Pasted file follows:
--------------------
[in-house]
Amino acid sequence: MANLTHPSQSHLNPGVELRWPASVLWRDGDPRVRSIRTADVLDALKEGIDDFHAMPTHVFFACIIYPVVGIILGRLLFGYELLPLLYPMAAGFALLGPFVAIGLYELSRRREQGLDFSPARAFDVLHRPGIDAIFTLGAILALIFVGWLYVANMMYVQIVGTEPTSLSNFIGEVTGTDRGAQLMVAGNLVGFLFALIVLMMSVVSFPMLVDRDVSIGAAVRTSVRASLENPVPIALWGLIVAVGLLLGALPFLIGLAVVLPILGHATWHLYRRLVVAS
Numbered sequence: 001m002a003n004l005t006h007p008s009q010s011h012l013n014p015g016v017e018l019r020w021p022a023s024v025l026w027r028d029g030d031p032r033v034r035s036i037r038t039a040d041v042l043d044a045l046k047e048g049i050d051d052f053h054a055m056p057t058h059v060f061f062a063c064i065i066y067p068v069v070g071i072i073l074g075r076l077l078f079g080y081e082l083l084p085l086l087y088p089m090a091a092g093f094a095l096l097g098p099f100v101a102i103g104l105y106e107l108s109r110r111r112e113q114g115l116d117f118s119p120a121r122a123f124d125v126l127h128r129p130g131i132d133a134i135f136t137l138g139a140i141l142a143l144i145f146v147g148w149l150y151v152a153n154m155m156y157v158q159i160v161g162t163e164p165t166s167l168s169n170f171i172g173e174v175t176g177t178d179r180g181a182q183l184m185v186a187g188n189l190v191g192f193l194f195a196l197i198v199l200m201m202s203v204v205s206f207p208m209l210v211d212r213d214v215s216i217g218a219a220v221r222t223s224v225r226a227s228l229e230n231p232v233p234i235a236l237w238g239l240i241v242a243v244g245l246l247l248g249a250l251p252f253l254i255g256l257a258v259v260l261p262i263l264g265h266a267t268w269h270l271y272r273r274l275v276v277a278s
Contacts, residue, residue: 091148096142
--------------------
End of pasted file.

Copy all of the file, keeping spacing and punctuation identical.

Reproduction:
[in-house]
Amino acid sequence: MANLTHPSQSHLNPGVELRWPASVLWRDGDPRVRSIRTADVLDALKEGIDDFHAMPTHVFFACIIYPVVGIILGRLLFGYELLPLLYPMAAGFALLGPFVAIGLYELSRRREQGLDFSPARAFDVLHRPGIDAIFTLGAILALIFVGWLYVANMMYVQIVGTEPTSLSNFIGEVTGTDRGAQLMVAGNLVGFLFALIVLMMSVVSFPMLVDRDVSIGAAVRTSVRASLENPVPIALWGLIVAVGLLLGALPFLIGLAVVLPILGHATWHLYRRLVVAS
Numbered sequence: 001m002a003n004l005t006h007p008s009q010s011h012l013n014p015g016v017e018l019r020w021p022a023s024v025l026w027r028d029g030d031p032r033v034r035s036i037r038t039a040d041v042l043d044a045l046k047e048g049i050d051d052f053h054a055m056p057t058h059v060f061f062a063c064i065i066y067p068v069v070g071i072i073l074g075r076l077l078f079g080y081e082l083l084p085l086l087y088p089m090a091a092g093f094a095l096l097g098p099f100v101a102i103g104l105y106e107l108s109r110r111r112e113q114g115l116d117f118s119p120a121r122a123f124d125v126l127h128r129p130g131i132d133a134i135f136t137l138g139a140i141l142a143l144i145f146v147g148w149l150y151v152a153n154m155m156y157v158q159i160v161g162t163e164p165t166s167l168s169n170f171i172g173e174v175t176g177t178d179r180g181a182q183l184m185v186a187g188n189l190v191g192f193l194f195a196l197i198v199l200m201m202s203v204v205s206f207p208m209l210v211d212r213d214v215s216i217g218a219a220v221r222t223s224v225r226a227s228l229e230n231p232v233p234i235a236l237w238g239l240i241v242a243v244g245l246l247l248g249a250l251p252f253l254i255g256l257a258v259v260l261p262i263l264g265h266a267t268w269h270l271y272r273r274l275v276v277a278s
Contacts, residue, residue: 091148096142